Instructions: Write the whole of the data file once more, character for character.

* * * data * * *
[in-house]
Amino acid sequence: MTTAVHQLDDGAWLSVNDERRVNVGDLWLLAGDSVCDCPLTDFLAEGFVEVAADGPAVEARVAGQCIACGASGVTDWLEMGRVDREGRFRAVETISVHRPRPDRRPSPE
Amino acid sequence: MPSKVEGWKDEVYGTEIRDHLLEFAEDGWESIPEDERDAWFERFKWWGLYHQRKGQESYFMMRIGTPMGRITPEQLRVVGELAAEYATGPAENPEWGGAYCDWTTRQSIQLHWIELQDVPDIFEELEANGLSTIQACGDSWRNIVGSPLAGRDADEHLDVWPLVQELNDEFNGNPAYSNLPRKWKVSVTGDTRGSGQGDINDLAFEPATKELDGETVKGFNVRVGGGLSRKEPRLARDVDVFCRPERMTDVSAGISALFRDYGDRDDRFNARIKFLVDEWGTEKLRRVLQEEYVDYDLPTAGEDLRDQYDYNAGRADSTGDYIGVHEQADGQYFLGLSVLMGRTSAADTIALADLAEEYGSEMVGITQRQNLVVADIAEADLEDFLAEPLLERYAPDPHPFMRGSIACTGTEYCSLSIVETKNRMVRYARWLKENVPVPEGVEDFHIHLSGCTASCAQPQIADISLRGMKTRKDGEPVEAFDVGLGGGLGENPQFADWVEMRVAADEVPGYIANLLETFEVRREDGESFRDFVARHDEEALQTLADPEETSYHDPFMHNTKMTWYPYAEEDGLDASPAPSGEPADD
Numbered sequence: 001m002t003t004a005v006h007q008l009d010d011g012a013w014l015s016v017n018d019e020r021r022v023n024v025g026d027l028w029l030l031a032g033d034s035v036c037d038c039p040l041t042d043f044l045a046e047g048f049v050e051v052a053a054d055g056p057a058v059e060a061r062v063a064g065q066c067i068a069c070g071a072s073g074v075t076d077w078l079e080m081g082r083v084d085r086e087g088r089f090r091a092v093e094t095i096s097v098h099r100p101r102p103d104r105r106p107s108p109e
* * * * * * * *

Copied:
[in-house]
Amino acid sequence: MTTAVHQLDDGAWLSVNDERRVNVGDLWLLAGDSVCDCPLTDFLAEGFVEVAADGPAVEARVAGQCIACGASGVTDWLEMGRVDREGRFRAVETISVHRPRPDRRPSPE
Amino acid sequence: MPSKVEGWKDEVYGTEIRDHLLEFAEDGWESIPEDERDAWFERFKWWGLYHQRKGQESYFMMRIGTPMGRITPEQLRVVGELAAEYATGPAENPEWGGAYCDWTTRQSIQLHWIELQDVPDIFEELEANGLSTIQACGDSWRNIVGSPLAGRDADEHLDVWPLVQELNDEFNGNPAYSNLPRKWKVSVTGDTRGSGQGDINDLAFEPATKELDGETVKGFNVRVGGGLSRKEPRLARDVDVFCRPERMTDVSAGISALFRDYGDRDDRFNARIKFLVDEWGTEKLRRVLQEEYVDYDLPTAGEDLRDQYDYNAGRADSTGDYIGVHEQADGQYFLGLSVLMGRTSAADTIALADLAEEYGSEMVGITQRQNLVVADIAEADLEDFLAEPLLERYAPDPHPFMRGSIACTGTEYCSLSIVETKNRMVRYARWLKENVPVPEGVEDFHIHLSGCTASCAQPQIADISLRGMKTRKDGEPVEAFDVGLGGGLGENPQFADWVEMRVAADEVPGYIANLLETFEVRREDGESFRDFVARHDEEALQTLADPEETSYHDPFMHNTKMTWYPYAEEDGLDASPAPSGEPADD
Numbered sequence: 001m002t003t004a005v006h007q008l009d010d011g012a013w014l015s016v017n018d019e020r021r022v023n024v025g026d027l028w029l030l031a032g033d034s035v036c037d038c039p040l041t042d043f044l045a046e047g048f049v050e051v052a053a054d055g056p057a058v059e060a061r062v063a064g065q066c067i068a069c070g071a072s073g074v075t076d077w078l079e080m081g082r083v084d085r086e087g088r089f090r091a092v093e094t095i096s097v098h099r100p101r102p103d104r105r106p107s108p109e